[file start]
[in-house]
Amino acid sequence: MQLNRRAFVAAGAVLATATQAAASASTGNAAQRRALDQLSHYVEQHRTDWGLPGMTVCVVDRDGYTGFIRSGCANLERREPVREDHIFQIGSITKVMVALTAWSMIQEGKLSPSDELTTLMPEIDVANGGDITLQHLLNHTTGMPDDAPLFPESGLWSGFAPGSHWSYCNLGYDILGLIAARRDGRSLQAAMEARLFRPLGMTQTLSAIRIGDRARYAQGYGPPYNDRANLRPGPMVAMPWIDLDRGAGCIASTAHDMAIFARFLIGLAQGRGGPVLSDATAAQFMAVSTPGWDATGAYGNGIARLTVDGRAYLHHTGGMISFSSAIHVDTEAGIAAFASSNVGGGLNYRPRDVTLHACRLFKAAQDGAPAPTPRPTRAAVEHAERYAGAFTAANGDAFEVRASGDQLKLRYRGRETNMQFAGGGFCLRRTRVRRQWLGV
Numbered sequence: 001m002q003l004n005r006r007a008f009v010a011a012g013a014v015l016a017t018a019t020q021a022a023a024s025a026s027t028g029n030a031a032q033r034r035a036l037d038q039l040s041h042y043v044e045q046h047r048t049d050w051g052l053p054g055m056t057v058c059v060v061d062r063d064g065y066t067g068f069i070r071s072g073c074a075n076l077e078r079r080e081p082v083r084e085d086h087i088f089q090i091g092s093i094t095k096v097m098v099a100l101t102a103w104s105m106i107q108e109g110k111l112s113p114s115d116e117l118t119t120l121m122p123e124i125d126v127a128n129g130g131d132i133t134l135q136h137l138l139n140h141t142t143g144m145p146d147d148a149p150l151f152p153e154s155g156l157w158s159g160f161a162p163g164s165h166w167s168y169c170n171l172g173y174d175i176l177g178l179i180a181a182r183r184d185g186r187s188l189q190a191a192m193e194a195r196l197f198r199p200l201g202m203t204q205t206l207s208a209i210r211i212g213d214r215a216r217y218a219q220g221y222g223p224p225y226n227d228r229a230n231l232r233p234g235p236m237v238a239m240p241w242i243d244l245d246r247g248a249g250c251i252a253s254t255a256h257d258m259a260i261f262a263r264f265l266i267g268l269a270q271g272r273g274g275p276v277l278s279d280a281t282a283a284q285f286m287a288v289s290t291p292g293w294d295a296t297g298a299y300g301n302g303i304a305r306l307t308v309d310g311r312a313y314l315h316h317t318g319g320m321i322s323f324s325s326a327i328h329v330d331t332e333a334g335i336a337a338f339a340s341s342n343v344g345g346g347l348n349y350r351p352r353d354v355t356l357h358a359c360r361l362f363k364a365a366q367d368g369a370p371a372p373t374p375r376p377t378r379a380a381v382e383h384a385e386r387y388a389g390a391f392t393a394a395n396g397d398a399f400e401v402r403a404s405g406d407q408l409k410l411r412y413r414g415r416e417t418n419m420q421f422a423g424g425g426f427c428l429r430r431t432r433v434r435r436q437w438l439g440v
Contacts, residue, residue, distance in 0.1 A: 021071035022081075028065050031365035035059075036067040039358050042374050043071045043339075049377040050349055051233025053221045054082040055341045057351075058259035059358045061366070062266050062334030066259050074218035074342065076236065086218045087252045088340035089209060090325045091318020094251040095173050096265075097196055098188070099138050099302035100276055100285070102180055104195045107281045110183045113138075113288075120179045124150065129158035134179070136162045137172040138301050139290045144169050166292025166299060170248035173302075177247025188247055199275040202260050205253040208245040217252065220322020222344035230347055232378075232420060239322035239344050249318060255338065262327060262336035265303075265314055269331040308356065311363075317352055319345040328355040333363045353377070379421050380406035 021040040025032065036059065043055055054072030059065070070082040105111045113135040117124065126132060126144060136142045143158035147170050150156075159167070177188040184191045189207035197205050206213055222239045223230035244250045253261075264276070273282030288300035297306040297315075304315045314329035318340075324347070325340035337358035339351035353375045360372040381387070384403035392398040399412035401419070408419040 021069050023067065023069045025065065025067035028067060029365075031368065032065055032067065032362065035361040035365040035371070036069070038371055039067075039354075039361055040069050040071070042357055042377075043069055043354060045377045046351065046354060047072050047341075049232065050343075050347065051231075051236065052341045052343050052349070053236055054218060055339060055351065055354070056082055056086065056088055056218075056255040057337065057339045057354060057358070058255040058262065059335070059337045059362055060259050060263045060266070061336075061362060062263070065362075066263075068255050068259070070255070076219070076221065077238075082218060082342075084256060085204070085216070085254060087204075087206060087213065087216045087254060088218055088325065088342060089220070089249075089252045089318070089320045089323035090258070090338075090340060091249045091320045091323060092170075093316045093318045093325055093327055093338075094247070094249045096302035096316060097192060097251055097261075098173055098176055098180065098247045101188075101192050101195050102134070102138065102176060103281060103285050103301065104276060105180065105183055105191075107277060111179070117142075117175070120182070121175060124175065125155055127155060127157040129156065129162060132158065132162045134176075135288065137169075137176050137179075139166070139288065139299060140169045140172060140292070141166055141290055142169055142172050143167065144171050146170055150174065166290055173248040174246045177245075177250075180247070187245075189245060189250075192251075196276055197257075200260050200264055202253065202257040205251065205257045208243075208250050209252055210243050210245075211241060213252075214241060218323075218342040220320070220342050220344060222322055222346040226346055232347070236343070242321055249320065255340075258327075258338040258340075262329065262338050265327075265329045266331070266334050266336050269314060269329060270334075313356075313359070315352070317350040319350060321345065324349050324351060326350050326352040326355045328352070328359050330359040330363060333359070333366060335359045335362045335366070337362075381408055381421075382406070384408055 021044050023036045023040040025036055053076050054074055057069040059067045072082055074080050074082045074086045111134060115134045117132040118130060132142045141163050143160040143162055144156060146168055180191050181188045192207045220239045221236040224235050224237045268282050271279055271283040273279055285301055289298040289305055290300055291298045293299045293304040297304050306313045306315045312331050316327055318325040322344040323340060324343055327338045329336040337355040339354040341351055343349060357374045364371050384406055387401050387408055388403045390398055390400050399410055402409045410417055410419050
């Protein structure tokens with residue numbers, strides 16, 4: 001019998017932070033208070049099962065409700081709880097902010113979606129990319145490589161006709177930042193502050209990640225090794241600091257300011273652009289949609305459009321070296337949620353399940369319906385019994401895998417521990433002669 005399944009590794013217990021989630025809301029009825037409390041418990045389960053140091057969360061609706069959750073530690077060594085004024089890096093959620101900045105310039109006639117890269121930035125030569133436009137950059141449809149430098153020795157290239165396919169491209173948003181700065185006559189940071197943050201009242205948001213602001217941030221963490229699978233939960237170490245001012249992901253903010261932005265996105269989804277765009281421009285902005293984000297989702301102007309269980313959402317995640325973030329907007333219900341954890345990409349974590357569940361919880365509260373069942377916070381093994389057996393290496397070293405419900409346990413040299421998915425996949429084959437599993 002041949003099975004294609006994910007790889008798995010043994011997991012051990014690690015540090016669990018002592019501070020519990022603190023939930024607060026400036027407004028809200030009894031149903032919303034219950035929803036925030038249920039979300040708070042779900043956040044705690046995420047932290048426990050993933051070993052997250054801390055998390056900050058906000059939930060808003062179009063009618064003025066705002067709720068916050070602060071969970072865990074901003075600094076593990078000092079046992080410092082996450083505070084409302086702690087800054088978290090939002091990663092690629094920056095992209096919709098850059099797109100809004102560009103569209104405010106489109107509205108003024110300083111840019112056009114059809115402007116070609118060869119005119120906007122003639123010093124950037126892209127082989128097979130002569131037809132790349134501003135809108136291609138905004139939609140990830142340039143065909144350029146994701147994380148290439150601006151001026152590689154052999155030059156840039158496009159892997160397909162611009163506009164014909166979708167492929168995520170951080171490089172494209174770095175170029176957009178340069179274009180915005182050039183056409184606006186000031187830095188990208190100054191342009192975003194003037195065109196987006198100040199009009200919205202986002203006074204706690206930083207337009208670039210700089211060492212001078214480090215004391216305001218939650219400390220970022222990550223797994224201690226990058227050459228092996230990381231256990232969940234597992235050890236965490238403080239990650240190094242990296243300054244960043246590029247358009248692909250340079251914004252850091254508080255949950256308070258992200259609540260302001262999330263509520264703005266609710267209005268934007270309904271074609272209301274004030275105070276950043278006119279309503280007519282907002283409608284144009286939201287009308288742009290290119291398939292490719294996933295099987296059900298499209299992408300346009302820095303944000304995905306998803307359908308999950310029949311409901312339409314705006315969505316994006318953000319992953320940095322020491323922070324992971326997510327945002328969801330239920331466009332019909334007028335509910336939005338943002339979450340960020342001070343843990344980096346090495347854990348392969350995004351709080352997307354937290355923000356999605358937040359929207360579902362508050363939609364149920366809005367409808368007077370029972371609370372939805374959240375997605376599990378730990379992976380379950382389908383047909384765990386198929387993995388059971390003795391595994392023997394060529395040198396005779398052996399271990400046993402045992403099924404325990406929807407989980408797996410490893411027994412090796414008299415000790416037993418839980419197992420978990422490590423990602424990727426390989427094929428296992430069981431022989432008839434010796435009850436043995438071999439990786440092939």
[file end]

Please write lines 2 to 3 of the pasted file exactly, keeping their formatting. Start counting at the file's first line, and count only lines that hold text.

Amino acid sequence: MQLNRRAFVAAGAVLATATQAAASASTGNAAQRRALDQLSHYVEQHRTDWGLPGMTVCVVDRDGYTGFIRSGCANLERREPVREDHIFQIGSITKVMVALTAWSMIQEGKLSPSDELTTLMPEIDVANGGDITLQHLLNHTTGMPDDAPLFPESGLWSGFAPGSHWSYCNLGYDILGLIAARRDGRSLQAAMEARLFRPLGMTQTLSAIRIGDRARYAQGYGPPYNDRANLRPGPMVAMPWIDLDRGAGCIASTAHDMAIFARFLIGLAQGRGGPVLSDATAAQFMAVSTPGWDATGAYGNGIARLTVDGRAYLHHTGGMISFSSAIHVDTEAGIAAFASSNVGGGLNYRPRDVTLHACRLFKAAQDGAPAPTPRPTRAAVEHAERYAGAFTAANGDAFEVRASGDQLKLRYRGRETNMQFAGGGFCLRRTRVRRQWLGV
Numbered sequence: 001m002q003l004n005r006r007a008f009v010a011a012g013a014v015l016a017t018a019t020q021a022a023a024s025a026s027t028g029n030a031a032q033r034r035a036l037d038q039l040s041h042y043v044e045q046h047r048t049d050w051g052l053p054g055m056t057v058c059v060v061d062r063d064g065y066t067g068f069i070r071s072g073c074a075n076l077e078r079r080e081p082v083r084e085d086h087i088f089q090i091g092s093i094t095k096v097m098v099a100l101t102a103w104s105m106i107q108e109g110k111l112s113p114s115d116e117l118t119t120l121m122p123e124i125d126v127a128n129g130g131d132i133t134l135q136h137l138l139n140h141t142t143g144m145p146d147d148a149p150l151f152p153e154s155g156l157w158s159g160f161a162p163g164s165h166w167s168y169c170n171l172g173y174d175i176l177g178l179i180a181a182r183r184d185g186r187s188l189q190a191a192m193e194a195r196l197f198r199p200l201g202m203t204q205t206l207s208a209i210r211i212g213d214r215a216r217y218a219q220g221y222g223p224p225y226n227d228r229a230n231l232r233p234g235p236m237v238a239m240p241w242i243d244l245d246r247g248a249g250c251i252a253s254t255a256h257d258m259a260i261f262a263r264f265l266i267g268l269a270q271g272r273g274g275p276v277l278s279d280a281t282a283a284q285f286m287a288v289s290t291p292g293w294d295a296t297g298a299y300g301n302g303i304a305r306l307t308v309d310g311r312a313y314l315h316h317t318g319g320m321i322s323f324s325s326a327i328h329v330d331t332e333a334g335i336a337a338f339a340s341s342n343v344g345g346g347l348n349y350r351p352r353d354v355t356l357h358a359c360r361l362f363k364a365a366q367d368g369a370p371a372p373t374p375r376p377t378r379a380a381v382e383h384a385e386r387y388a389g390a391f392t393a394a395n396g397d398a399f400e401v402r403a404s405g406d407q408l409k410l411r412y413r414g415r416e417t418n419m420q421f422a423g424g425g426f427c428l429r430r431t432r433v434r435r436q437w438l439g440v